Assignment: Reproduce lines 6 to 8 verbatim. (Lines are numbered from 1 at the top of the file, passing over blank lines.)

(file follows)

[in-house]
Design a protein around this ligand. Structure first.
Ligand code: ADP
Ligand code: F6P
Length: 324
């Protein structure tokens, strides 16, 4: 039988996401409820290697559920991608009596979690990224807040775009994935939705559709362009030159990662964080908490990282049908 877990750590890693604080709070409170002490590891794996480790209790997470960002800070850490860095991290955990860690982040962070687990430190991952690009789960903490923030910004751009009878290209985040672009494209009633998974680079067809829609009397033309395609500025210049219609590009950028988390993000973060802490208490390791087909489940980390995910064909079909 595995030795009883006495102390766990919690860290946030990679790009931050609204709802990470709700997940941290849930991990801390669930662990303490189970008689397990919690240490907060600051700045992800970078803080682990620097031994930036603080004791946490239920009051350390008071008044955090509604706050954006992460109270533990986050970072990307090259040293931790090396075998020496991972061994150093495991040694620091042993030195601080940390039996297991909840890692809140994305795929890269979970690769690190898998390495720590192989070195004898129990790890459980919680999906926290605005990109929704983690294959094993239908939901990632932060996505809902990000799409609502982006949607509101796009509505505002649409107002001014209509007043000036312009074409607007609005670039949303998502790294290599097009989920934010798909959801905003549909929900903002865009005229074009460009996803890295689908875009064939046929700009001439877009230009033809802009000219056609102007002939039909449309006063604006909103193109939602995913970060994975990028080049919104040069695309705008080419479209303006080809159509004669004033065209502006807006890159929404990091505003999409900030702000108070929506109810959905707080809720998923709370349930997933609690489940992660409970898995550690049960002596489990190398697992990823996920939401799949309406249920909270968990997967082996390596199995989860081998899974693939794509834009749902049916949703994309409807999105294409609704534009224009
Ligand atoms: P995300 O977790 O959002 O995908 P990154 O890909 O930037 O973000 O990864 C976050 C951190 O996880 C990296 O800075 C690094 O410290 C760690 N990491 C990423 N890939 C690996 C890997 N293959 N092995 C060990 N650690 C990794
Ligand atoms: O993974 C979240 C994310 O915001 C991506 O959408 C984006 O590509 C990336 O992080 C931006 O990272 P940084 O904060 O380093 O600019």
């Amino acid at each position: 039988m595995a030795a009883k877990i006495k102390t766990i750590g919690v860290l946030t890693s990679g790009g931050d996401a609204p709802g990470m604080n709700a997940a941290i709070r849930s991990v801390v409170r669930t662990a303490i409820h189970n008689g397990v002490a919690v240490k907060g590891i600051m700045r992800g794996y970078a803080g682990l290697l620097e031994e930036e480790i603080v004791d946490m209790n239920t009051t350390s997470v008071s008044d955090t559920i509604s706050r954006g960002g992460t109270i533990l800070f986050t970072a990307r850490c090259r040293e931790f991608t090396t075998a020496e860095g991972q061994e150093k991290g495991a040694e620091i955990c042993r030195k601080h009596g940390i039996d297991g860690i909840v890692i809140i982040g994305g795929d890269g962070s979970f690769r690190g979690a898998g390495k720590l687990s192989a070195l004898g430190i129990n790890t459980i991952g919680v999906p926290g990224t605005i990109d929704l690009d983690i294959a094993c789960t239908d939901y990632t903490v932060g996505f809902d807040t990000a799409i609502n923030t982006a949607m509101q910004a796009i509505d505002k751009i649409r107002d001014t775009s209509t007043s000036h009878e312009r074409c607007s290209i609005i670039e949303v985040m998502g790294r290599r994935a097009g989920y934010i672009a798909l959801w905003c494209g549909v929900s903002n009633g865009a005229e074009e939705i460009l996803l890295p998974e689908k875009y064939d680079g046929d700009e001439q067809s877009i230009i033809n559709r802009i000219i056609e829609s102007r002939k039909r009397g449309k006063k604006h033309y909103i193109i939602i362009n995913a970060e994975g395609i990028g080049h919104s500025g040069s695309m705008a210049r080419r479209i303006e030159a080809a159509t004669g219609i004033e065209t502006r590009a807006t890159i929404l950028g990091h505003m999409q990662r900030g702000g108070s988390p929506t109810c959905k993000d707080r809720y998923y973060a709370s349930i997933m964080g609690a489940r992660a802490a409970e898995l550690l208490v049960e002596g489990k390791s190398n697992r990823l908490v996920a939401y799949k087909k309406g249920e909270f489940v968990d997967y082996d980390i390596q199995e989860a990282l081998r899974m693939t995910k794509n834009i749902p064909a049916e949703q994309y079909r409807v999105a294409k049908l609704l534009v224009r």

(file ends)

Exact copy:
């Protein structure tokens, strides 16, 4: 039988996401409820290697559920991608009596979690990224807040775009994935939705559709362009030159990662964080908490990282049908 877990750590890693604080709070409170002490590891794996480790209790997470960002800070850490860095991290955990860690982040962070687990430190991952690009789960903490923030910004751009009878290209985040672009494209009633998974680079067809829609009397033309395609500025210049219609590009950028988390993000973060802490208490390791087909489940980390995910064909079909 595995030795009883006495102390766990919690860290946030990679790009931050609204709802990470709700997940941290849930991990801390669930662990303490189970008689397990919690240490907060600051700045992800970078803080682990620097031994930036603080004791946490239920009051350390008071008044955090509604706050954006992460109270533990986050970072990307090259040293931790090396075998020496991972061994150093495991040694620091042993030195601080940390039996297991909840890692809140994305795929890269979970690769690190898998390495720590192989070195004898129990790890459980919680999906926290605005990109929704983690294959094993239908939901990632932060996505809902990000799409609502982006949607509101796009509505505002649409107002001014209509007043000036312009074409607007609005670039949303998502790294290599097009989920934010798909959801905003549909929900903002865009005229074009460009996803890295689908875009064939046929700009001439877009230009033809802009000219056609102007002939039909449309006063604006909103193109939602995913970060994975990028080049919104040069695309705008080419479209303006080809159509004669004033065209502006807006890159929404990091505003999409900030702000108070929506109810959905707080809720998923709370349930997933609690489940992660409970898995550690049960002596489990190398697992990823996920939401799949309406249920909270968990997967082996390596199995989860081998899974693939794509834009749902049916949703994309409807999105294409609704534009224009
Ligand atoms: P995300 O977790 O959002 O995908 P990154 O890909 O930037 O973000 O990864 C976050 C951190 O996880 C990296 O800075 C690094 O410290 C760690 N990491 C990423 N890939 C690996 C890997 N293959 N092995 C060990 N650690 C990794
Ligand atoms: O993974 C979240 C994310 O915001 C991506 O959408 C984006 O590509 C990336 O992080 C931006 O990272 P940084 O904060 O380093 O600019």